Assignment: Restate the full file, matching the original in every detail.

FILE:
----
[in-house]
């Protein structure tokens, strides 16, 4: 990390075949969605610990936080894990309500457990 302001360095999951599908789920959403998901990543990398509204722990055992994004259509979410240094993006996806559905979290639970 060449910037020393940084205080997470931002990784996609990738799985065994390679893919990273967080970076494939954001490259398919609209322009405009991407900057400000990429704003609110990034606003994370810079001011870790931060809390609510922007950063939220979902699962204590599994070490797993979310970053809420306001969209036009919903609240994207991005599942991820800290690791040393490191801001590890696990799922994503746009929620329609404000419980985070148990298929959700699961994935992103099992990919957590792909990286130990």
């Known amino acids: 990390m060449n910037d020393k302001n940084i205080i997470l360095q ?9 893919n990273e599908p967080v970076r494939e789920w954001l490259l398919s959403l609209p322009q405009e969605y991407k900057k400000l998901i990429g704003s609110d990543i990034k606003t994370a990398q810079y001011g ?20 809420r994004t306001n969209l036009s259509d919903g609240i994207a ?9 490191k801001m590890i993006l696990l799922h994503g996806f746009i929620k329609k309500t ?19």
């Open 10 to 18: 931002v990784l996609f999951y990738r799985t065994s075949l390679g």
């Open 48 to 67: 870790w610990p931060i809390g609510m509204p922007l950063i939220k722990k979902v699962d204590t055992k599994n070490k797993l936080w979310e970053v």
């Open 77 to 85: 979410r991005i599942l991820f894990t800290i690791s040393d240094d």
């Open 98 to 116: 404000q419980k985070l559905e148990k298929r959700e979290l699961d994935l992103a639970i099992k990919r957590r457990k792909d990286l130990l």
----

[in-house]
């Protein structure tokens, strides 16, 4: 990390075949969605610990936080894990309500457990 302001360095999951599908789920959403998901990543990398509204722990055992994004259509979410240094993006996806559905979290639970 060449910037020393940084205080997470931002990784996609990738799985065994390679893919990273967080970076494939954001490259398919609209322009405009991407900057400000990429704003609110990034606003994370810079001011870790931060809390609510922007950063939220979902699962204590599994070490797993979310970053809420306001969209036009919903609240994207991005599942991820800290690791040393490191801001590890696990799922994503746009929620329609404000419980985070148990298929959700699961994935992103099992990919957590792909990286130990």
């Known amino acids: 990390m060449n910037d020393k302001n940084i205080i997470l360095q ?9 893919n990273e599908p967080v970076r494939e789920w954001l490259l398919s959403l609209p322009q405009e969605y991407k900057k400000l998901i990429g704003s609110d990543i990034k606003t994370a990398q810079y001011g ?20 809420r994004t306001n969209l036009s259509d919903g609240i994207a ?9 490191k801001m590890i993006l696990l799922h994503g996806f746009i929620k329609k309500t ?19």
């Open 10 to 18: 931002v990784l996609f999951y990738r799985t065994s075949l390679g």
């Open 48 to 67: 870790w610990p931060i809390g609510m509204p922007l950063i939220k722990k979902v699962d204590t055992k599994n070490k797993l936080w979310e970053v």
């Open 77 to 85: 979410r991005i599942l991820f894990t800290i690791s040393d240094d």
């Open 98 to 116: 404000q419980k985070l559905e148990k298929r959700e979290l699961d994935l992103a639970i099992k990919r957590r457990k792909d990286l130990l």